Tip: Using callbacks can be quite "messy" if you have a sequence of dependent asynchronous operations that must be performed in order, because this results in multiple levels of nested callbacks. This problem is commonly known as "callback hell". This problem can be reduced by good coding practices (see http://callbackhell.com/), using a module like async, or even moving to ES6 features like Promises.

Note: A common convention for Node and Express is to use error-first callbacks. In this convention the first value in your callback functions is an error value, while subsequent arguments contain success data. There is a good explanation of why this approach is useful in this blog: The Node.js Way - Understanding Error-First Callbacks (fredkschott.com).

Creating route handlers

In our Hello World Express example (see above), we defined a (callback) route handler function for HTTP GET requests to the site root ('/').

app.get('/', function(req, res) {
  res.send('Hello World!');
});

The callback function takes a request and a response object as arguments. In this case the method simply calls send() on the response to return the string "Hello World!" There are a number of other response methods for ending the request/response cycle, for example you could call res.json() to send a JSON response or res.sendFile() to send a file.

JavaScript tip: You can use any argument names you like in the callback functions; when the callback is invoked the first argument will always be the request and the second will always be the response. It makes sense to name them such that you can identify the object you're working with in the body of the callback.

The Express application object also provides methods to define route handlers for all the other HTTP verbs, which are mostly used in exactly the same way: post(), put(), delete(), options(), trace(), copy(), lock(), mkcol(), move(), purge(), propfind(), proppatch(), unlock(), report(), mkactivity(), checkout(), merge(), m-search(), notify(), subscribe(), unsubscribe(), patch(), search(), and connect().

There is a special routing method, app.all(), which will be called in response to any HTTP method. This is used for loading middleware functions at a particular path for all request methods. The following example (from the Express documentation) shows a handler that will be executed for requests to /secret irrespective of the HTTP verb used (provided it is supported by the http module).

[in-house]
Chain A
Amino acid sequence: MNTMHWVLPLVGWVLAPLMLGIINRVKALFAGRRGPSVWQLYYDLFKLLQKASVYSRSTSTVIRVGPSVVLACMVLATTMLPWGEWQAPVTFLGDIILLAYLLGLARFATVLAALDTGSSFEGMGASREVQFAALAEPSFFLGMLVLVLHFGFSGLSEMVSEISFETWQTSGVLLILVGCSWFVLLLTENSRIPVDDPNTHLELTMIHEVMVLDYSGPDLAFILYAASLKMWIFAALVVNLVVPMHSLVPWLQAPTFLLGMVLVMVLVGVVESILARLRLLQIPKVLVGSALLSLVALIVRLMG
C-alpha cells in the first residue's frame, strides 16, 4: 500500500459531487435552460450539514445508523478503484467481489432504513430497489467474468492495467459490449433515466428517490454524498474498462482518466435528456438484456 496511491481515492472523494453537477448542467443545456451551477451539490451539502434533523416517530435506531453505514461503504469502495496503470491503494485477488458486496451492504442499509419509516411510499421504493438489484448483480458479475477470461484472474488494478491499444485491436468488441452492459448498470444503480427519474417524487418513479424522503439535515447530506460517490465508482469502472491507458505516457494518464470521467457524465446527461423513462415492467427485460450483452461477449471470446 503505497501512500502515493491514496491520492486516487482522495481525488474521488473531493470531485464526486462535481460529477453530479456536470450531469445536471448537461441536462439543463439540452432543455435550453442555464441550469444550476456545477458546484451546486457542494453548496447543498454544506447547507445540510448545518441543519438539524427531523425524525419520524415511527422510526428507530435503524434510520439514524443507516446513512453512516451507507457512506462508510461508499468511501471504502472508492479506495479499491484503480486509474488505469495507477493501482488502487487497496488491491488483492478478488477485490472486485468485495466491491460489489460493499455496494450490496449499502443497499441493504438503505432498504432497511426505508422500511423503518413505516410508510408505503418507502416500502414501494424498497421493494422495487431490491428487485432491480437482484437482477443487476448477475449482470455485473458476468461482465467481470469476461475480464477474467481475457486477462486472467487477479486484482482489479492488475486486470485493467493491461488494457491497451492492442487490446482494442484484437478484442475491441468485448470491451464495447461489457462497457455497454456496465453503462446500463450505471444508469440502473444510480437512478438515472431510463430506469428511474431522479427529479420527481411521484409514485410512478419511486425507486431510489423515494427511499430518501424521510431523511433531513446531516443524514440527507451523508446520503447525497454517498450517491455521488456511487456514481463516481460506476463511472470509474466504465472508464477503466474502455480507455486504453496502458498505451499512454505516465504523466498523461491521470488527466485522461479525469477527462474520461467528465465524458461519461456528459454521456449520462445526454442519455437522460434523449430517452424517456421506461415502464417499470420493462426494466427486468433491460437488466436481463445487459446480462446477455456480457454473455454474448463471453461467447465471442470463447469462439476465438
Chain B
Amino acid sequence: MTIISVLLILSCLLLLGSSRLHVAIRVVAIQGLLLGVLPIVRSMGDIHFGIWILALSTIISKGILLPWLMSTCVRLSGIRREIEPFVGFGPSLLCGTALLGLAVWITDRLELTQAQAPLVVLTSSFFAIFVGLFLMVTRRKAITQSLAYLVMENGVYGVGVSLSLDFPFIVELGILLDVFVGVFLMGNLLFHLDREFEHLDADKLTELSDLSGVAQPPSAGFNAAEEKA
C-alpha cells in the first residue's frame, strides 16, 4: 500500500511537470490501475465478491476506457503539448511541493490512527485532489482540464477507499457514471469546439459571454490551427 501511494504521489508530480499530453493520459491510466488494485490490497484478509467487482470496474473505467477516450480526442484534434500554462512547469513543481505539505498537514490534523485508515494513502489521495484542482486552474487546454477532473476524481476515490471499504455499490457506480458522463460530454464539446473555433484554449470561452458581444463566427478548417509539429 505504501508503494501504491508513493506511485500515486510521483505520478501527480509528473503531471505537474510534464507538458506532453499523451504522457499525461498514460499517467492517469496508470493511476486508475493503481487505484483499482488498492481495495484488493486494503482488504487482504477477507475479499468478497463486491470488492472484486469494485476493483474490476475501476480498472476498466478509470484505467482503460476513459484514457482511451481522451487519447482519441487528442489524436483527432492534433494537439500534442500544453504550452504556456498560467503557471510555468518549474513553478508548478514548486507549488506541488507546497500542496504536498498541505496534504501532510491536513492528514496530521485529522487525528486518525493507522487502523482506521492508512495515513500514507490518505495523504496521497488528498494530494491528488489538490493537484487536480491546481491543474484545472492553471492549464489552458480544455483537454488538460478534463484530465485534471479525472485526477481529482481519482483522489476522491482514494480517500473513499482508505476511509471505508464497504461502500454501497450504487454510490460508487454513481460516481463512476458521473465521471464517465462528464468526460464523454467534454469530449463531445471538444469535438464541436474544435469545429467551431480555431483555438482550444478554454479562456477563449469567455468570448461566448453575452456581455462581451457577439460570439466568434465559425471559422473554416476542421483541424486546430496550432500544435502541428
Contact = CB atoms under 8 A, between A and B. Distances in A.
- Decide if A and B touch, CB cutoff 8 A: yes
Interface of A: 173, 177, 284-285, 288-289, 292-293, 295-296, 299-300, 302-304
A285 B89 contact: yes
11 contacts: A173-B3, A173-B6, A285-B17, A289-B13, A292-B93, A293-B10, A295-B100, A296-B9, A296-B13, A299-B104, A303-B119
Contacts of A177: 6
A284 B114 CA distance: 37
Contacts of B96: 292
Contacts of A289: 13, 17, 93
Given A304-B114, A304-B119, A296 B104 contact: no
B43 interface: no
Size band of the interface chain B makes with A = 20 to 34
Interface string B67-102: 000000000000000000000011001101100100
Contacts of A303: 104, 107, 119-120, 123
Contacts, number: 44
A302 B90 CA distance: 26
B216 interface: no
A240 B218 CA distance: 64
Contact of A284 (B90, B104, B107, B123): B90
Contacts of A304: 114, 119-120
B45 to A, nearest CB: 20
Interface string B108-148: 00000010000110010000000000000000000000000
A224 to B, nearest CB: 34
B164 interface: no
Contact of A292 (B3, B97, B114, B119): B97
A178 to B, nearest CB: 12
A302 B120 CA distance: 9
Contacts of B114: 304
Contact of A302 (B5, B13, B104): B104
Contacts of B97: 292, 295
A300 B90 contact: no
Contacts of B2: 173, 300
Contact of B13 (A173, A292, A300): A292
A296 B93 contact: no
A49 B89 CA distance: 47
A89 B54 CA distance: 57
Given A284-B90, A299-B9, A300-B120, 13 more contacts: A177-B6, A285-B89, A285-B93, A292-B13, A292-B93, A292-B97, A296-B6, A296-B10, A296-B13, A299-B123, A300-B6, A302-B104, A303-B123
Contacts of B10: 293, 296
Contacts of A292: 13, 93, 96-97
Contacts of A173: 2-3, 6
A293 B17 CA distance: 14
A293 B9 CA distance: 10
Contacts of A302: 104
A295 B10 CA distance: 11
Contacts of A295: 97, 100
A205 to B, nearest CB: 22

app.all('/secret', function(req, res, next) {
  console.log('Accessing the secret section ...');
  next(); // pass control to the next handler
});

Routes allow you to match particular patterns of characters in a URL, and extract some values from the URL and pass them as parameters to the route handler (as attributes of the request object passed as a parameter).

Often it is useful to group route handlers for a particular part of a site together and access them using a common route-prefix (e.g. a site with a Wiki might have all wiki-related routes in one file and have them accessed with a route prefix of /wiki/). In Express this is achieved by using the express.Router object. For example, we can create our wiki route in a module named wiki.js, and then export the Router object, as shown below:

// wiki.js - Wiki route module

var express = require('express');
var router = express.Router();

// Home page route
router.get('/', function(req, res) {
  res.send('Wiki home page');
});

// About page route
router.get('/about', function(req, res) {
  res.send('About this wiki');
});

module.exports = router;

Note: Adding routes to the Router object is just like adding routes to the app object (as shown previously).

To use the router in our main app file we would then require() the route module (wiki.js), then call use() on the Express application to add the Router to the middleware handling path. The two routes will then be accessible from /wiki/ and /wiki/about/.

var wiki = require('./wiki.js');
// ...
app.use('/wiki', wiki);